By using this site, you agree to its use of cookies as provided in our policy.

Fletcher Bowron
Posted by: Groundspeak Premium Member E5150
N 33° 58.000 W 118° 20.291
11S E 376369 N 3759267
Quick Description: Superior Court Judge and Mayor of Los Angeles. This is my grandfather's gravesite. I was less than a year old when he passed away, and we never met. I have never been able to visit his gravesite, photographs of your visit would be appreciated.
Location: California, United States
Date Posted: 11/30/2007 7:29:32 PM
Waymark Code: WM2PC6
Published By: Groundspeak Premium Member rangerroad
Views: 64

Long Description:
Fletcher Bowron (August 13, 1887 – September 11, 1968) was a four-term reform mayor of Los Angeles, California from September 26, 1938 until June 30, 1953. Until Thomas Bradley passed his length of service during the 1980s, Bowron held the distinction of having the longest tenure in that position in city history.

Bowron was born in Poway, California, the youngest of three children. His parents, who had migrated from the Midwest, sent him to Los Angeles High School, where he graduated in 1904. In 1907, he began studies at UC Berkeley, where his two brothers had graduated, then enrolled in the University of Southern California Law School two years later. However, because of financial difficulties, he paid for law school by becoming a reporter for San Francisco, Oakland and Los Angeles newspapers, working the City Hall and court beats in the latter city. He was finally admitted to the bar association in 1917.

Upon the United States' entry into World War I, Bowron enlisted in the Army, serving in the 14th Field Artillery before transferring to the military intelligence division. Upon his return, he once again practiced law before he married Irene Martin in 1922. The following year, he was appointed as a deputy state corporations commissioner. His work in that capacity caught the attention of California governor, Friend Richardson, who hired him as executive secretary in 1925, and then appointed him to the superior court in 1926.

In his first tenure as a superior court judge, which lasted 12 years, Bowron became the first jurist on the West Coast to use the pre-trial calendar system.

He was then elected mayor of Los Angeles in 1938 in the wake of the corruption arising from the previous administration of Frank L. Shaw, and earned the reputation of being lawful, unlike his predecessor. One example came when he replaced the city's chief of police with William H. Parker because of the rampant corruption within the Los Angeles Police Department. This was part of what he called the Los Angeles Urban Reform Revival.

He served during the era of World War II, most notably taking part with the institution of Japanese detainment camps. Bowron was quoted on the radio on Abraham Lincoln's birthday in support of these camps: "There isn't a shadow of a doubt but that Lincoln, the mild-mannered man whose memory we regard with almost saint-like reverence, would make short work of rounding up the Japanese and putting them where they could do no harm." He continued by calling them "the people born on American soil who have secret loyalty to the Japanese Emperor."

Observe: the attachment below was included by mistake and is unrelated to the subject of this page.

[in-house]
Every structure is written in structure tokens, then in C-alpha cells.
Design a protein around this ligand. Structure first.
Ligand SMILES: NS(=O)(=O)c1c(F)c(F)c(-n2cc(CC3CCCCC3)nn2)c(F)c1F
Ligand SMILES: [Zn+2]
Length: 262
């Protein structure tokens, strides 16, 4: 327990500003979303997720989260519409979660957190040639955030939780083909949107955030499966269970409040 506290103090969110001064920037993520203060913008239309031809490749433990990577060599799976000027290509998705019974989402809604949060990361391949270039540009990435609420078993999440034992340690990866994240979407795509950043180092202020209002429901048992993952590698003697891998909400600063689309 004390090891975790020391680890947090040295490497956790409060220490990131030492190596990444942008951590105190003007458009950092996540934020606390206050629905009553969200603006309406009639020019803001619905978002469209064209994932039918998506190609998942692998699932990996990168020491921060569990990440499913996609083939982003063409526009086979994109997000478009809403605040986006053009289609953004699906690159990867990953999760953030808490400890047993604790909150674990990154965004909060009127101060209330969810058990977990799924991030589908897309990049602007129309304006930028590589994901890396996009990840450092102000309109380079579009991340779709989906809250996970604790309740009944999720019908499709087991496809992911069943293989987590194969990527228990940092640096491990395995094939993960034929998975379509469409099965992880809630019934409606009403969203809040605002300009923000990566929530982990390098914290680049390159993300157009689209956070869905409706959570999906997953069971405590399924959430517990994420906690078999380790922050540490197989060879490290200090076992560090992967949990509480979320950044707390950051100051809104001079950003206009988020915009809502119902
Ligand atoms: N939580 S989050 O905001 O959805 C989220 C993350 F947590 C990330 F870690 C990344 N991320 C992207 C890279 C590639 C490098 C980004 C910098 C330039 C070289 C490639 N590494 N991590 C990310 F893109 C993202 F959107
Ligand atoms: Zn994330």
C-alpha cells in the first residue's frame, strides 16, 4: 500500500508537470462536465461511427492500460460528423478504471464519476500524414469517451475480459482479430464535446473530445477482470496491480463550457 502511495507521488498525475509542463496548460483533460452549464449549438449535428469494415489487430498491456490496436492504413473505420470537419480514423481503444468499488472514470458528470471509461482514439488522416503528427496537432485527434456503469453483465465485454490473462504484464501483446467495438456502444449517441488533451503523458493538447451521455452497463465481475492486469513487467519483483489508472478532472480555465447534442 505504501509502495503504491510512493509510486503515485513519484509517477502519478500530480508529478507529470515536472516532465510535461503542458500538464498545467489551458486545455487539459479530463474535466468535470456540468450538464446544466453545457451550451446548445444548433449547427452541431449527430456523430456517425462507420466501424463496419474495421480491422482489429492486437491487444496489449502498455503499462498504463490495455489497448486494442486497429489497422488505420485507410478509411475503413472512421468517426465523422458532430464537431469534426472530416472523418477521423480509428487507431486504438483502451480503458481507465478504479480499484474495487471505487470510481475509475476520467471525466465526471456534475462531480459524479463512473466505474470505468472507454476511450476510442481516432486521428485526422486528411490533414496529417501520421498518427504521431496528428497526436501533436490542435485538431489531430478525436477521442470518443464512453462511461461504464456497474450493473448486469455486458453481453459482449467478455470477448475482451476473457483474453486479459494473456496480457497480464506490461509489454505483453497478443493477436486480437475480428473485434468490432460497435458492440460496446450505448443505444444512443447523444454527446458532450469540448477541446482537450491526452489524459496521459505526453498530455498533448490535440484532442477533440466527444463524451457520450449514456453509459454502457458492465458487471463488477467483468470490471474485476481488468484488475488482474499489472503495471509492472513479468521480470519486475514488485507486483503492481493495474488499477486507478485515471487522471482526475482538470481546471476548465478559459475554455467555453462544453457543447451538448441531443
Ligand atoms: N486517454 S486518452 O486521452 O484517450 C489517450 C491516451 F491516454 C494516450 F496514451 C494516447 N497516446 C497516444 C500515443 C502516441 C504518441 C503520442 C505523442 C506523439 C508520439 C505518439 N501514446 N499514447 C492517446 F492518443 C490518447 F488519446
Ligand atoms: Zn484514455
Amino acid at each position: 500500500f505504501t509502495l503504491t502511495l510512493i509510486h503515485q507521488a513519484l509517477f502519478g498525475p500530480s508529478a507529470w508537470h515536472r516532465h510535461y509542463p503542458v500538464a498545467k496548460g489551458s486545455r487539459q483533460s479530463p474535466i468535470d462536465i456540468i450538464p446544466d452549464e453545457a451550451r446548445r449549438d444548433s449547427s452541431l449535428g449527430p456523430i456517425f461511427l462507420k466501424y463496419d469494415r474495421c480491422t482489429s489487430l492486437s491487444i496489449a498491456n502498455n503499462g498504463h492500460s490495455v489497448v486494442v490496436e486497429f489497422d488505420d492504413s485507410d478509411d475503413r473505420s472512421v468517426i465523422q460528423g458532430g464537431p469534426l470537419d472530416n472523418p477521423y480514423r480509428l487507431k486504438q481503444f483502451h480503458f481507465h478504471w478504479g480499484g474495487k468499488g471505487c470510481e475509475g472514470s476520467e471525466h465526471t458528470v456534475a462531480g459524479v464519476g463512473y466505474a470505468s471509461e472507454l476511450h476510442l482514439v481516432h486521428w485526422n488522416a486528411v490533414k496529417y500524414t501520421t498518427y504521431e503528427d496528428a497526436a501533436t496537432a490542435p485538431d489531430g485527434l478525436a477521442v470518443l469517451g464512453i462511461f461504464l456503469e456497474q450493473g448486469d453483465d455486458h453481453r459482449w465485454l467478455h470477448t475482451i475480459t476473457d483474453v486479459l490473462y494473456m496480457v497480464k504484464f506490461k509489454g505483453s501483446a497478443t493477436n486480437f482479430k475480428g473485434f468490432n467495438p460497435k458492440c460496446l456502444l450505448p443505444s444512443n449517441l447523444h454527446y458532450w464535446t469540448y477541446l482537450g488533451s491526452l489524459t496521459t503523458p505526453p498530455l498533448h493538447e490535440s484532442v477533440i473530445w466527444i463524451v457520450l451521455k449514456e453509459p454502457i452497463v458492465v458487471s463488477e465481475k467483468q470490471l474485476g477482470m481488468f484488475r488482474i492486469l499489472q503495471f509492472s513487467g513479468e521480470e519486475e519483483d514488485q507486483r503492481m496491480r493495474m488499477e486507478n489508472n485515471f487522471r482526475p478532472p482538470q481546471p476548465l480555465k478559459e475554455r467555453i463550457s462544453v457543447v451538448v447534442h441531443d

He lost re-election in 1953 after having survived a number of recall attempts, with his defeat linked partly because his liberal backing began to wane as a result of McCarthyism. In 1956, he once again ran for superior court judge, defeating Joseph L. Call in the November election. Serving one six-year term, he retired from political office in 1962, but remained active in city activities.

Following his retirement from the bench, he served as director of the Metropolitan Los Angeles History Project, and in 1967, was named chairman of the city's Citizen's Committee on Zoning Practices and Procedures.

After finishing work on September 11, 1968 he suffered a fatal heart attack while driving home. The car in which he was driving suddenly accelerated and crashed into a brick wall. While his body lay in state in the Los Angeles City Hall rotunda, few people came to pay their respects. He was then buried at Inglewood Park Cemetery in in the city of Inglewood.
Fletcher Bowron was a superior court judge and the mayor of Los Angeles, California. He was the first superior court judge on the west coast to use the pre-trial system.

Date of birth: 08/13/1887

Date of death: 09/11/1968

Area of notoriety: Politics

Marker Type: Horizontal Marker

Setting: Outdoor

Fee required?: No

Web site: [Web Link]

Visiting Hours/Restrictions: Not listed

Visit Instructions:
To post a visit log for waymarks in this category, you must have personally visited the waymark location. When logging your visit, please provide a note describing your visit experience, along with any additional information about the waymark or the surrounding area that you think others may find interesting.

We especially encourage you to include any pictures that you took during your visit to the waymark. However, only respectful photographs are allowed. Logs which include photographs representing any form of disrespectful behavior (including those showing personal items placed on or near the grave location) will be subject to deletion.
Search for... Google Map
Google Maps
Bing Maps Maps
Nearest Waymarks
Nearest Grave of a Famous Person
Nearest Geocaches
Nearest Benchmarks
Nearest Hotels
Create a scavenger hunt using this waymark as the center point
Recent Visits/Logs:
There are no logs for this waymark yet.